“…Prochnik is possessed of an agile, probing mind, and in his latest, he applies it to understanding the life of Gershom Sholem, intellectual mystic and friend to Walter Benjamin, devotee of the Kabbalah and devoted Zionist.” —Literary Hub
“What a wonderful book this is: gripping, illuminating, beautifully constructed, and full of the communicative energy that comes from things long in gestation but written with fire and speed. It does so many things so well—the portrait of Scholem himself, the account of his work, the study of friendship that comes about through the sustained presence of Walter Benjamin, the evocations of Jerusalem and New York, above all the paralleling of Prochnik’s own story with Scholem’s. The extraordinary affinities between author and subject give the book an emotional intensity that complements its erudition and lends power to its final, audacious, inspiring claim on the reader’s capacity for hope.” —James Lasdun, author of The Fall Guy
“In his previous book, George Prochnik gave us a moving portrait of Stefan Zweig, the Viennese Jew who wrote tenderly of the ‘world of yesterday’—the liberal Europe that collapsed with apocalyptic consequences in the 1930s—and killed himself in his Brazilian exile rather than die in its flames. In his powerful new book, Prochnik offers us a portrait of a Berlin Jew, fifteen years Zweig’s junior, who made a very different choice: to renounce the dream of a liberal Europe and remake himself, and his people, in Palestine. Gerhard Scholem, who would become the famous scholar of the Kabbalah Gershom Scholem, upheld a cultural version of Zionism, and spoke of the need for Arab–Jewish coexistence; yet over time he accommodated himself to the often brutal practices of the Jewish state, which turned Palestinians into strangers in their own land. In the late 1980s, as Palestinians in the Occupied Territories launched their first intifada, Prochnik, an American Jew from the suburbs, settled in Jerusalem with his family, inspired by Scholem’s vision of a renewed Jewish cultural vitality, only to discover that this vision lay in ruins, no match for the muscular, expansionist Zionism with which it had made a marriage of convenience. In Stranger in a Strange Land, Prochnik writes of Scholem’s dream—and of his own—with a rare and affecting combination of authority and vulnerability. This is a deeply felt work of critique and elegy, a probing examination of the subject of our time: the temptations, and the dangers, of belonging.” —Adam Shatz, contributing editor at the London Review of Books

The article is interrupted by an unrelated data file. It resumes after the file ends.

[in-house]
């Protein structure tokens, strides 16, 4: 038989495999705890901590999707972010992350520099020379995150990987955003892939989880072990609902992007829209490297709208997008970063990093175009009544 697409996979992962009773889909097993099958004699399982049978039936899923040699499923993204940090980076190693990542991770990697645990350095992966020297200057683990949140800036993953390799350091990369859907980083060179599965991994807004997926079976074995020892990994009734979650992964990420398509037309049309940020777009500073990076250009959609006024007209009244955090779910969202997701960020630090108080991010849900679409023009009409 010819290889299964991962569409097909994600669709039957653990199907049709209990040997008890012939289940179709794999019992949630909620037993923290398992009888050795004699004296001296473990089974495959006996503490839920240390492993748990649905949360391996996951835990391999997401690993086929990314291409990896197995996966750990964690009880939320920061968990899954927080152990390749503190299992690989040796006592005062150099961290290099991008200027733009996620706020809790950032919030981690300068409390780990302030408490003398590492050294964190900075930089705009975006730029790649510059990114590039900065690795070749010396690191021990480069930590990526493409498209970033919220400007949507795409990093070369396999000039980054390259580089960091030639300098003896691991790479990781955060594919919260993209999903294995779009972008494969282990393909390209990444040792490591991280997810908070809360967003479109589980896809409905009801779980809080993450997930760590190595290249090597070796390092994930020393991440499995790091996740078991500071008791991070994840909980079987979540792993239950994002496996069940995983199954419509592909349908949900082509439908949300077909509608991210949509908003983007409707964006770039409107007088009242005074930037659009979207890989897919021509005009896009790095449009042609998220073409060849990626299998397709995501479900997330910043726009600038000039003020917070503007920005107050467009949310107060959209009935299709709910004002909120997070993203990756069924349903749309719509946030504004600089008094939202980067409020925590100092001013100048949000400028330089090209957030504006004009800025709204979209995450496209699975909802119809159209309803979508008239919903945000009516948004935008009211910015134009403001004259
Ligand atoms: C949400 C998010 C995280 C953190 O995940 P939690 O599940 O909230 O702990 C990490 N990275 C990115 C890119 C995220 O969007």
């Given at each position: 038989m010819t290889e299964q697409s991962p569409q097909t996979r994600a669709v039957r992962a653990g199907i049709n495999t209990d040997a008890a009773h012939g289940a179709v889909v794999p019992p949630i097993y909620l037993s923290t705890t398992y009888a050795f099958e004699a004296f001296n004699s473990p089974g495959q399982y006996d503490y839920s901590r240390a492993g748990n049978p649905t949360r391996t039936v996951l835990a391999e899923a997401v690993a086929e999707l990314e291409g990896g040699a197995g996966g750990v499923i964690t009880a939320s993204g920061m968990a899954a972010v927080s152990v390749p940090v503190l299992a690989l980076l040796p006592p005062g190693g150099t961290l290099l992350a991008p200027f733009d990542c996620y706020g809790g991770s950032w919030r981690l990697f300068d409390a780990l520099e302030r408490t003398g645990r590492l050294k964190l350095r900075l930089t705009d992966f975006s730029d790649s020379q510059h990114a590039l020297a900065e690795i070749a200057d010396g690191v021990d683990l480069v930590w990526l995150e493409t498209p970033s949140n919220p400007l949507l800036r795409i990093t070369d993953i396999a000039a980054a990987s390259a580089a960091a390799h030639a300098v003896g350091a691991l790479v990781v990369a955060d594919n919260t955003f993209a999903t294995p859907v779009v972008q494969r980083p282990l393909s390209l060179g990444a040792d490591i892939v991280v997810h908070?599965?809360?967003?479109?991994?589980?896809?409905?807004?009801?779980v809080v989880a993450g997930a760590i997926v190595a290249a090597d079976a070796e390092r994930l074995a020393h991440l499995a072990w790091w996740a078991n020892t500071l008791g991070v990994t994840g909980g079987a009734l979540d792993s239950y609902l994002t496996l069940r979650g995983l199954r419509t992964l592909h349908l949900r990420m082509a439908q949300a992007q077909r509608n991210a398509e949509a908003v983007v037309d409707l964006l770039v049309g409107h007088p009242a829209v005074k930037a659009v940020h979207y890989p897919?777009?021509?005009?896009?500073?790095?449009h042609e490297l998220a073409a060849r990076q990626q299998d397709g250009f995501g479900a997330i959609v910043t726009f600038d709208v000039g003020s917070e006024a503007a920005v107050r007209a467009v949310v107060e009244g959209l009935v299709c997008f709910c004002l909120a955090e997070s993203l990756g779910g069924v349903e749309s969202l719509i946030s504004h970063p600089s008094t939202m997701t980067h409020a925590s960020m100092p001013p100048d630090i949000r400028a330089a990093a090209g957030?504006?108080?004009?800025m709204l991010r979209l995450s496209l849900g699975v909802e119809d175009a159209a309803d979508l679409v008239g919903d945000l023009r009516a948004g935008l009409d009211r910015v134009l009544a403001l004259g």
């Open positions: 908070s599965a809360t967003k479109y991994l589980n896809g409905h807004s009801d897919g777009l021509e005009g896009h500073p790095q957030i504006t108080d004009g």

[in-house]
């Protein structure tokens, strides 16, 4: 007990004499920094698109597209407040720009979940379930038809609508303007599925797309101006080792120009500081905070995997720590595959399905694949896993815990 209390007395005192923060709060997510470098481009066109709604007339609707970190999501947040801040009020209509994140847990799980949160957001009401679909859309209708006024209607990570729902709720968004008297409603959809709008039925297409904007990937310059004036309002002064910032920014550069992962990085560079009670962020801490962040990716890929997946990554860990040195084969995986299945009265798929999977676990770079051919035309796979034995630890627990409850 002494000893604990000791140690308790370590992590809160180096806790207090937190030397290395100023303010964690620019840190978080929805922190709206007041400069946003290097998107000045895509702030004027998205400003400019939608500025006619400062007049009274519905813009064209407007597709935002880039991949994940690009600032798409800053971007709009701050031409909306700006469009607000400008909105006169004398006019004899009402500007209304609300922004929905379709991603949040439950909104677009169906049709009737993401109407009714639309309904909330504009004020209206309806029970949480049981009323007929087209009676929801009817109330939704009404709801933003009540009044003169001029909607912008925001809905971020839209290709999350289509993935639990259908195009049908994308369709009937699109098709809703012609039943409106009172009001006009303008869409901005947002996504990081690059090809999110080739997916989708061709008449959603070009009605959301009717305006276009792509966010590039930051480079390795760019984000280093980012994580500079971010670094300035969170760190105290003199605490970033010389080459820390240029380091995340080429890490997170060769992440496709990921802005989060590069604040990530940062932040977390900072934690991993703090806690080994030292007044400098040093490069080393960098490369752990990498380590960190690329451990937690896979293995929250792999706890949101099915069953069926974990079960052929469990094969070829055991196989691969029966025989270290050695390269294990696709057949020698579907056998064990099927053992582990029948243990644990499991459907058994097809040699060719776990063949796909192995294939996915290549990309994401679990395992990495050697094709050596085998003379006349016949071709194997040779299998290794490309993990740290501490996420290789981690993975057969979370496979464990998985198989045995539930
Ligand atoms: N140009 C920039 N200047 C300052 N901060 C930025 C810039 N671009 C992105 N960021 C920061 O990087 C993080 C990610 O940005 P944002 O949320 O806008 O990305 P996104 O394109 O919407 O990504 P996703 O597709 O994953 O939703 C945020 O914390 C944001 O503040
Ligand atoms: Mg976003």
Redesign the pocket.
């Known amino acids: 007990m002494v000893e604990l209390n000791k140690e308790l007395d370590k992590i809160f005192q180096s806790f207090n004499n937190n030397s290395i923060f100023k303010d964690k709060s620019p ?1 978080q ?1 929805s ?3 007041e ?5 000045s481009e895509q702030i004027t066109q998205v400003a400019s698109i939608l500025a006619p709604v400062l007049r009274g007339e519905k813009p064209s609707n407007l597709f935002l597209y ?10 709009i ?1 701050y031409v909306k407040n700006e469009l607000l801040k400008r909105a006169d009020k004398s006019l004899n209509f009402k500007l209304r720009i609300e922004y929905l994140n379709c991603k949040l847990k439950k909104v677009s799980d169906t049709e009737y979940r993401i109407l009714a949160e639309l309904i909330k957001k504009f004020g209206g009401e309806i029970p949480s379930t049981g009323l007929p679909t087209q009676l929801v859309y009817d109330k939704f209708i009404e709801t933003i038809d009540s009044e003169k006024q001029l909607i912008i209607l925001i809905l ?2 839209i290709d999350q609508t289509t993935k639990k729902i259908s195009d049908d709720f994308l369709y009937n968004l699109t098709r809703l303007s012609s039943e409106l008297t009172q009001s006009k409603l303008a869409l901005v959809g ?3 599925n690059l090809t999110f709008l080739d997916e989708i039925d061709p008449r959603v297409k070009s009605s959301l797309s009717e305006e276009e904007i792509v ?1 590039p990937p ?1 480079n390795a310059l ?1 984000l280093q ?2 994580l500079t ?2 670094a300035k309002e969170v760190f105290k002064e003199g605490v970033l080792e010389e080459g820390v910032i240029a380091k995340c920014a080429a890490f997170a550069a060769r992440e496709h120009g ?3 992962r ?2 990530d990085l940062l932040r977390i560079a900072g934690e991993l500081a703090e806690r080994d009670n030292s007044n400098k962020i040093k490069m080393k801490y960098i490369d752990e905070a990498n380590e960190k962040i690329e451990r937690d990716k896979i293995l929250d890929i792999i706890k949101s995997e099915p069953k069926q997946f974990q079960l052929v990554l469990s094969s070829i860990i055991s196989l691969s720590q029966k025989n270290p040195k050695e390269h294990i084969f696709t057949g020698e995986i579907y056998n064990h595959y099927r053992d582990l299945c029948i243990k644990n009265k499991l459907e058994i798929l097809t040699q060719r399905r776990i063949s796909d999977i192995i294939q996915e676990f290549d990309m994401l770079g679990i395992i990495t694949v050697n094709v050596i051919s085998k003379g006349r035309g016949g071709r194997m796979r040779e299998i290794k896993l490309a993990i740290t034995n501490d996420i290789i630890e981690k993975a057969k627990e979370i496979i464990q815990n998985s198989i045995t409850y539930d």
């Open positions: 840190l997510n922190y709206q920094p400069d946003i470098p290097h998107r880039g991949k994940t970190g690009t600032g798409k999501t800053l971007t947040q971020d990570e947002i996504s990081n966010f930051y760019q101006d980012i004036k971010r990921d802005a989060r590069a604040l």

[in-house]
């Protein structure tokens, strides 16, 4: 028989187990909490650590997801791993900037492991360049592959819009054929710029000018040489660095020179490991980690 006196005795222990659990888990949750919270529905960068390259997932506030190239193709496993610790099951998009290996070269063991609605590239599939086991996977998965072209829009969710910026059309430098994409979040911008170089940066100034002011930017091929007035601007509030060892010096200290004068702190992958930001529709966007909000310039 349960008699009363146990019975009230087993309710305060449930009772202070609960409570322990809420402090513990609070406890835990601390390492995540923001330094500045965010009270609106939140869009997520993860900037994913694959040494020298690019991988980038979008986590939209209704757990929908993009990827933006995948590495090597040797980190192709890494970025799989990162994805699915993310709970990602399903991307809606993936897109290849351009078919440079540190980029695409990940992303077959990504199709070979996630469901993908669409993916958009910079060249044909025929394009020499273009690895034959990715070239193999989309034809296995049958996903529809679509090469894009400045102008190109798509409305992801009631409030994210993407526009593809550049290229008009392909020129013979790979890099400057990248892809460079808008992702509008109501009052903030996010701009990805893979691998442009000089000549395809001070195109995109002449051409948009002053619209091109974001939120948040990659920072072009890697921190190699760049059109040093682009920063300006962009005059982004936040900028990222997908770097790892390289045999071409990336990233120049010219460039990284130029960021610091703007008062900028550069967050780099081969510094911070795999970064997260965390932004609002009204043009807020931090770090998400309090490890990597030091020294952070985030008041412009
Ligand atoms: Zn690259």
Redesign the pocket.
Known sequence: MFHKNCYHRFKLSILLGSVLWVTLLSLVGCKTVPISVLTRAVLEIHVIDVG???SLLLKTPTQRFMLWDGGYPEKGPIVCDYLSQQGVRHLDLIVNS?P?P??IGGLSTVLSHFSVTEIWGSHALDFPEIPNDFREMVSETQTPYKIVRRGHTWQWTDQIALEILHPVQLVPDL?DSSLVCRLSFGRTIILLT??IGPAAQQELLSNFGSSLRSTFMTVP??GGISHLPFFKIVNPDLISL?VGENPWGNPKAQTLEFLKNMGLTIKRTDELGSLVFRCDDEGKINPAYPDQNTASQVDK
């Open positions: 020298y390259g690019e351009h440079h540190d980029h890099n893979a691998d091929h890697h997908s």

Praise for The Impossible Exile:
“[A] superbly lyrical study…The Impossible Exile is not really–or not just–a biography of Zweig’s final years. It is a case study of dislocation, of people who had not only lost a home but who were no longer able to define the meaning of home…Mr. Prochnik gives a very rich sense of what so many exiles experienced during the war…[his] words could not be more resonant.” —André Aciman, The Wall Street Journal
“Poignant, insightful.” —The New Yorker
“[A]n intriguing…meditation on Zweig’s last years…an intellectual feast served as a series of canapes.” —The New York Times Book Review
“Subtle, prodigiously researched and enduringly human throughout, The Impossible Exile is a portrait of a man and of his endless flight.” —The Economist
“The Impossible Exile [is] a gripping, unusually subtle, poignant, and honest study. Prochnik attempts, on the basis of an uncompromising investigation, to clarify the motives that might have driven to suicide an author who still enjoyed a rare popularity.” —Anka Muhlstein, New York Review of Books